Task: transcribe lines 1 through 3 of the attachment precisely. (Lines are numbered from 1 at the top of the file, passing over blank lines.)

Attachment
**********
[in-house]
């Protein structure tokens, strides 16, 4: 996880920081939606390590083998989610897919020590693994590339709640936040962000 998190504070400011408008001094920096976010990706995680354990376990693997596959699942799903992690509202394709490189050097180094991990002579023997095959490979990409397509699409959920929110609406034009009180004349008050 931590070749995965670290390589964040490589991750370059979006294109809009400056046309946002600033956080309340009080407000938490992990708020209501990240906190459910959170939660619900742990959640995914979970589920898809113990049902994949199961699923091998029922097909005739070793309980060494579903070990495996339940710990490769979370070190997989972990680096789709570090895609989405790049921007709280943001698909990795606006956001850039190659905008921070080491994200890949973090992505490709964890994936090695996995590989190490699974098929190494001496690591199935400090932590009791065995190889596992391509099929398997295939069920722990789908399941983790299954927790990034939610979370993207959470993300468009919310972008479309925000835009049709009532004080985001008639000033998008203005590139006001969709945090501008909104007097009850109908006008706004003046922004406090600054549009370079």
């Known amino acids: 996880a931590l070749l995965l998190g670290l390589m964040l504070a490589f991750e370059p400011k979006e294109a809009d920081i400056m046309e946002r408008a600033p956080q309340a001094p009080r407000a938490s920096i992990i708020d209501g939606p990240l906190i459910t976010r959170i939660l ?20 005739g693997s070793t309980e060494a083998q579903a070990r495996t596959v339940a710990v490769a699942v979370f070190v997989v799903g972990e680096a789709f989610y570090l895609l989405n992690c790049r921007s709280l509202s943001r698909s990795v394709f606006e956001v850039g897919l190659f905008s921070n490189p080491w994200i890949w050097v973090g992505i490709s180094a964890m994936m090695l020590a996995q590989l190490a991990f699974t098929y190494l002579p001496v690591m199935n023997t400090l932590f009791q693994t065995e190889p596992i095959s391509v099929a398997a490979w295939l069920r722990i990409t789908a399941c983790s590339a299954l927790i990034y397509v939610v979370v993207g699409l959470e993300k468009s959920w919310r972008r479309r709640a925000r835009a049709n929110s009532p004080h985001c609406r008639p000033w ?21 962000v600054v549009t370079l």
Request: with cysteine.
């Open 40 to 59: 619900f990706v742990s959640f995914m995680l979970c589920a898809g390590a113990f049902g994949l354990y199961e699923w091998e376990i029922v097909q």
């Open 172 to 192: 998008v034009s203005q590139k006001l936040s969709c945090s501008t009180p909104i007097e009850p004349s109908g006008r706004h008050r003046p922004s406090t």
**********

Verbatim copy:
[in-house]
């Protein structure tokens, strides 16, 4: 996880920081939606390590083998989610897919020590693994590339709640936040962000 998190504070400011408008001094920096976010990706995680354990376990693997596959699942799903992690509202394709490189050097180094991990002579023997095959490979990409397509699409959920929110609406034009009180004349008050 931590070749995965670290390589964040490589991750370059979006294109809009400056046309946002600033956080309340009080407000938490992990708020209501990240906190459910959170939660619900742990959640995914979970589920898809113990049902994949199961699923091998029922097909005739070793309980060494579903070990495996339940710990490769979370070190997989972990680096789709570090895609989405790049921007709280943001698909990795606006956001850039190659905008921070080491994200890949973090992505490709964890994936090695996995590989190490699974098929190494001496690591199935400090932590009791065995190889596992391509099929398997295939069920722990789908399941983790299954927790990034939610979370993207959470993300468009919310972008479309925000835009049709009532004080985001008639000033998008203005590139006001969709945090501008909104007097009850109908006008706004003046922004406090600054549009370079």
């Known amino acids: 996880a931590l070749l995965l998190g670290l390589m964040l504070a490589f991750e370059p400011k979006e294109a809009d920081i400056m046309e946002r408008a600033p956080q309340a001094p009080r407000a938490s920096i992990i708020d209501g939606p990240l906190i459910t976010r959170i939660l ?20 005739g693997s070793t309980e060494a083998q579903a070990r495996t596959v339940a710990v490769a699942v979370f070190v997989v799903g972990e680096a789709f989610y570090l895609l989405n992690c790049r921007s709280l509202s943001r698909s990795v394709f606006e956001v850039g897919l190659f905008s921070n490189p080491w994200i890949w050097v973090g992505i490709s180094a964890m994936m090695l020590a996995q590989l190490a991990f699974t098929y190494l002579p001496v690591m199935n023997t400090l932590f009791q693994t065995e190889p596992i095959s391509v099929a398997a490979w295939l069920r722990i990409t789908a399941c983790s590339a299954l927790i990034y397509v939610v979370v993207g699409l959470e993300k468009s959920w919310r972008r479309r709640a925000r835009a049709n929110s009532p004080h985001c609406r008639p000033w ?21 962000v600054v549009t370079l």